Friday, May 06, 2005

Google applying for patent to rank news by 'quality' of source

Google has applied for a patent for a program that will rank news searches by the quality of the source.

This is a little more than concerning for a couple reasons. First is Google's political $463,000 in political contributions to Democratic candidates versus $5,000 for Republicans.

While this isn't that big a deal, LGF has examples here, here and here of Google's efforts to block conservative ads and searches for popular conservative blogs who were crucial depots of collective information that ultimately brought down CBS and Dan Rather's fake Bush ANG story/docs.

Another matter of consequence is Google's relationship with inventor the of the internet, Al Gore, and their cooperative effort to launch a new liberal TV channel.

Blogs have been instrumental in creating accountability for the journalistic sins of the MSM they would have otherwise gotten away with. In retaliation, the Left is making a run at labeling blogs unaccountable, fact-challenged and not 'quasi journalism' for not having the LA Times' 4 or 5 layers of editors who prove so effective in mucking up an original story and two correction columns, resulting in termination of the original journalist.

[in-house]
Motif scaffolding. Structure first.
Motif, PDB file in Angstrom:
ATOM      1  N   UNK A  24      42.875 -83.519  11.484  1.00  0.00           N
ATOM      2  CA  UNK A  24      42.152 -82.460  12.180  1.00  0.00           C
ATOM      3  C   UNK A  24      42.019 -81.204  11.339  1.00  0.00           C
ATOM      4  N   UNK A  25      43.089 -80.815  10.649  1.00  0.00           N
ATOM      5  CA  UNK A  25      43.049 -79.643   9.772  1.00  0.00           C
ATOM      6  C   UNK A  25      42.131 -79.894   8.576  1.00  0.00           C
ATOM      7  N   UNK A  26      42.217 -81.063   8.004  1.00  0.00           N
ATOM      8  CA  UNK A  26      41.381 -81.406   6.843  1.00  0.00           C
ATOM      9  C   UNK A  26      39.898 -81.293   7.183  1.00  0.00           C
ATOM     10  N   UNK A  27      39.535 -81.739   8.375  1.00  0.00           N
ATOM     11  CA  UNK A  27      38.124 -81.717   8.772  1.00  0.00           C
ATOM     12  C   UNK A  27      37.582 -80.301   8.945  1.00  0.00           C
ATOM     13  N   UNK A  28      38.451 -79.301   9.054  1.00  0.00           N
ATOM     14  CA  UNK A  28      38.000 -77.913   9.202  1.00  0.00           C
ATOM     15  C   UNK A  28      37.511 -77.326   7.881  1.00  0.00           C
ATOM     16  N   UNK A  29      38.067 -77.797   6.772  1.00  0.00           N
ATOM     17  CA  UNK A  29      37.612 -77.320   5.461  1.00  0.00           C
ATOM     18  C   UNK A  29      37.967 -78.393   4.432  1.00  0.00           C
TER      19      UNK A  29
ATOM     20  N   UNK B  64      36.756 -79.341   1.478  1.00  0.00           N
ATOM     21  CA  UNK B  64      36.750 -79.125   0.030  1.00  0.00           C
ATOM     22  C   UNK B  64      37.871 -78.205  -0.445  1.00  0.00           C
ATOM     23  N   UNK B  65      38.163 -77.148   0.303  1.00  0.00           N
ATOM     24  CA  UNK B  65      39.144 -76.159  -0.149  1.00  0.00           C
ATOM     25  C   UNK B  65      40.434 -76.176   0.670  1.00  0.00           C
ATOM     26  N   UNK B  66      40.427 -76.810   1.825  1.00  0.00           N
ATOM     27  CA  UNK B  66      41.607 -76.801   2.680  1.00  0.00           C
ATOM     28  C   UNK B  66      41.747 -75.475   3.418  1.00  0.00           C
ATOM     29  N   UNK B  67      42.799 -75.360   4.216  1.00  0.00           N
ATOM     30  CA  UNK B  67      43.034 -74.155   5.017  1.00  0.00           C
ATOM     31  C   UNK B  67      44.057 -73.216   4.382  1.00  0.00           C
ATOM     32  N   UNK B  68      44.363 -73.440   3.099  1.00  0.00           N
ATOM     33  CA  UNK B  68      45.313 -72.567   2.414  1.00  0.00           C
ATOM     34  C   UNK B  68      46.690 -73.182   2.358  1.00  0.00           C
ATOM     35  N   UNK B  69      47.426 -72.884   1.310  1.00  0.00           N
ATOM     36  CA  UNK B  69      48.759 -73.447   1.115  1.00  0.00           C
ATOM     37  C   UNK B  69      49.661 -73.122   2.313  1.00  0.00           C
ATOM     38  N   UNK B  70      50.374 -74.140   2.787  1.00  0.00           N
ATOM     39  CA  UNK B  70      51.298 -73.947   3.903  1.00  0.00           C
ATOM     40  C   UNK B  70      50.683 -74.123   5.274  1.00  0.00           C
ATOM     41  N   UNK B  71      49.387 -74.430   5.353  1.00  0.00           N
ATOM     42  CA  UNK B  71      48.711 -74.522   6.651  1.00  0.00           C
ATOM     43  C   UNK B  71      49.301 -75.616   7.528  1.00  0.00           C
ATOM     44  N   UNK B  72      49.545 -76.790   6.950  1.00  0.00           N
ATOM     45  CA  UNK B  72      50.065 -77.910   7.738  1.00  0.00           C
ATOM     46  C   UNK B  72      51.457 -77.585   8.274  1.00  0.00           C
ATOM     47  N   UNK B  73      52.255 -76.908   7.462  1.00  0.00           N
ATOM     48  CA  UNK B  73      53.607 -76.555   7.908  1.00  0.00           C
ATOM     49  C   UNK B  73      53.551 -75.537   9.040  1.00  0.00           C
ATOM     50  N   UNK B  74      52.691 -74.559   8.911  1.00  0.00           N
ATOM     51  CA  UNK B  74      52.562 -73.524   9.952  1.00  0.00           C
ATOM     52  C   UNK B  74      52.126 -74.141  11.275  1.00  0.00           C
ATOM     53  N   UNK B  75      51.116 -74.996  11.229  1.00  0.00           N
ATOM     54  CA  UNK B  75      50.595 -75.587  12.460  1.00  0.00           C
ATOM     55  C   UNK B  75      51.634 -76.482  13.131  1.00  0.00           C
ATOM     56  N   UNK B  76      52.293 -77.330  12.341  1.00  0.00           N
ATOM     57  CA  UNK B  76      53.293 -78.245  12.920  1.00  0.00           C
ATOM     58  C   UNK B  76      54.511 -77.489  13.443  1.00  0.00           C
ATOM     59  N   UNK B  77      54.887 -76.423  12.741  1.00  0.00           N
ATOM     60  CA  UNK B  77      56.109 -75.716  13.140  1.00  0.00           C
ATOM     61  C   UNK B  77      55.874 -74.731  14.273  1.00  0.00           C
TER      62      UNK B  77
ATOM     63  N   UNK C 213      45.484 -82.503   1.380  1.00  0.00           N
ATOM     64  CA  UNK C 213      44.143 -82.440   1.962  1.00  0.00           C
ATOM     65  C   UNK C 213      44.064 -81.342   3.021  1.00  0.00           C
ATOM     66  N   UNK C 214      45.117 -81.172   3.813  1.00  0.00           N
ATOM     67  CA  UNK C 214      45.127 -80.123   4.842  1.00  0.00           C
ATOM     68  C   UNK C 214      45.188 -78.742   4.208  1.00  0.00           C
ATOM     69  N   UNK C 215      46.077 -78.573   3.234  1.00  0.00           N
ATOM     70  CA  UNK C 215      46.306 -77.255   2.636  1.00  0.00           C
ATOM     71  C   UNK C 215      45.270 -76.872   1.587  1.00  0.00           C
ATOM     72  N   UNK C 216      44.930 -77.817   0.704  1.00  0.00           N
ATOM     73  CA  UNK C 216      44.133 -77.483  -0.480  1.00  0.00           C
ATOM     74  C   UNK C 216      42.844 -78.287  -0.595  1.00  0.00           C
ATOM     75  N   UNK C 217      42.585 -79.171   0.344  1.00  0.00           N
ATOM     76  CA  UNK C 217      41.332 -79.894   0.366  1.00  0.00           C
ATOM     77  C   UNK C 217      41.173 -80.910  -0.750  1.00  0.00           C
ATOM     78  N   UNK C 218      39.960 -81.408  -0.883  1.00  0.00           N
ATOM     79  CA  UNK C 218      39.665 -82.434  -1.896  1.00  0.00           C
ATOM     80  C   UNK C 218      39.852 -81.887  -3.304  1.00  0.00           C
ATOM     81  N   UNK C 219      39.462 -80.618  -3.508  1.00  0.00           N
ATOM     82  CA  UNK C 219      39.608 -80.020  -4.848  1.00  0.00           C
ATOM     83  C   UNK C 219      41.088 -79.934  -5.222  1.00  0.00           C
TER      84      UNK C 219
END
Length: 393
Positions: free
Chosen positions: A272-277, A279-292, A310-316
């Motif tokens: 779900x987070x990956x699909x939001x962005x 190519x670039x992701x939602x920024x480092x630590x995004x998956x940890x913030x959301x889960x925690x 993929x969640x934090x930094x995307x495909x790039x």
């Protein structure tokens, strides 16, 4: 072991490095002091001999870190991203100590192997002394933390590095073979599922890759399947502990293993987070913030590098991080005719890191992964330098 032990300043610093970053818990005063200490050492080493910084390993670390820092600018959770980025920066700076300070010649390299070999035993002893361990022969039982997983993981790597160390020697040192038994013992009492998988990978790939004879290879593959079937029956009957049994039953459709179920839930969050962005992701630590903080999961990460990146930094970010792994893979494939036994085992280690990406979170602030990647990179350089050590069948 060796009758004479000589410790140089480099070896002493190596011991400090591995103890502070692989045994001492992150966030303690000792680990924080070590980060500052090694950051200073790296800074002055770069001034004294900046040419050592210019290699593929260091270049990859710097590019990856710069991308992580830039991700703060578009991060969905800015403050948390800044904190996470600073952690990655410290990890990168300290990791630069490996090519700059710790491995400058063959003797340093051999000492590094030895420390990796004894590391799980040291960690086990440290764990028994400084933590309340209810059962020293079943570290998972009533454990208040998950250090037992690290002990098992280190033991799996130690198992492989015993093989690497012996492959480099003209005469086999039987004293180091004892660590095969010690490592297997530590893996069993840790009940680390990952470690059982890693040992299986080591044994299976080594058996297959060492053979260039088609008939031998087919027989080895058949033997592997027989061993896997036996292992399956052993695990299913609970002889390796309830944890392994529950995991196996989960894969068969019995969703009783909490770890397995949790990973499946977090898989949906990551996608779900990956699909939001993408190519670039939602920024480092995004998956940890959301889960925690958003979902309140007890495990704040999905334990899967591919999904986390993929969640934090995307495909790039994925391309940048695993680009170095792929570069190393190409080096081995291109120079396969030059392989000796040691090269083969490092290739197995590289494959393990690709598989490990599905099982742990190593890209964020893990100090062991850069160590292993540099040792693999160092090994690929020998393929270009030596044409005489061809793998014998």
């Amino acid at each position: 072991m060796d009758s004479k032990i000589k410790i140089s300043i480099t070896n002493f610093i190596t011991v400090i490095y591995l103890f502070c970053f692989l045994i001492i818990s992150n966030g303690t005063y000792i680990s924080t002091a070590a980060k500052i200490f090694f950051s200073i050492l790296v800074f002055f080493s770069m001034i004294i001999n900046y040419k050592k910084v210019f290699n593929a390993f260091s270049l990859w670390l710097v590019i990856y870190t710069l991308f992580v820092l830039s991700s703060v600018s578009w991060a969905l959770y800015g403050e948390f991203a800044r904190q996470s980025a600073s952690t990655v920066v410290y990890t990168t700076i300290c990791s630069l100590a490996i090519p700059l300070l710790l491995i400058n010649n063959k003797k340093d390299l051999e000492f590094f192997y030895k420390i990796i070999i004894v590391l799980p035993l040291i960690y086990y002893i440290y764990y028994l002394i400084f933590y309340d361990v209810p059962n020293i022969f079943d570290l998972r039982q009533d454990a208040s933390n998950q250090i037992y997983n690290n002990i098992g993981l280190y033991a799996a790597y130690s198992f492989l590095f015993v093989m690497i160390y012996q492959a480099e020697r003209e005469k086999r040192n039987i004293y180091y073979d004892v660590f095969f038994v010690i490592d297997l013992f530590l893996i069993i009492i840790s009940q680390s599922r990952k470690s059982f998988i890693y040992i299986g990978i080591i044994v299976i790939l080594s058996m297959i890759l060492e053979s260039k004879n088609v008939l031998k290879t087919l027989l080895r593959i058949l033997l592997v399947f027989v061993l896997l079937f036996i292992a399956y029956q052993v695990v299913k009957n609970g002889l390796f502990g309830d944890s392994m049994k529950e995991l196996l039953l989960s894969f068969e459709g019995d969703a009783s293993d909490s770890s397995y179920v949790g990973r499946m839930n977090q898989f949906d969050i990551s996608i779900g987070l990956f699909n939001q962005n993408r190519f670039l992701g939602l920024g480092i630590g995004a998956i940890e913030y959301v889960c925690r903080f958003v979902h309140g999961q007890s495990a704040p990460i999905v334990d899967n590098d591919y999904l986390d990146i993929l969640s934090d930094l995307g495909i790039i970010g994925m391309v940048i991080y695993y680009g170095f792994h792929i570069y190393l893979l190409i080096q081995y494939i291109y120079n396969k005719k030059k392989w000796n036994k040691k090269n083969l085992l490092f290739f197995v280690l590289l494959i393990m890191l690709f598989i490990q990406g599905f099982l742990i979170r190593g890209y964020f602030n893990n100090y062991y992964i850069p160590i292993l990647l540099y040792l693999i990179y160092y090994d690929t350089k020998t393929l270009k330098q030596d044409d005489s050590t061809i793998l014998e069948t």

It isn't unreasonable to be concerned with how Google define 'quality of source' when Google is comprised of and has verifiable relationships with many people and organizations who see blogs as a form of free speech that needs to be muzzled. Liberal Senators are already considering legislation that to limit blog speech.

Powerline and LGF broke the CBS fake document story. While Google continualy refuses to consider them 'news sources', they had timely, accurate and crucial information that proved highly damaging to the Left. It isn't a stretch that a curious reader wouldn't have been able to find ongoing information on the ANG story had Google's new software been in use at the time. The communal information efforts that uncovered layer after layer may not have been able to search the internet. And that's Google's point. If the world's biggest search engine begins to run software that can effectively block specific search results, they'd have their hands on a very powerful device to stifle liberal-dissenting news.

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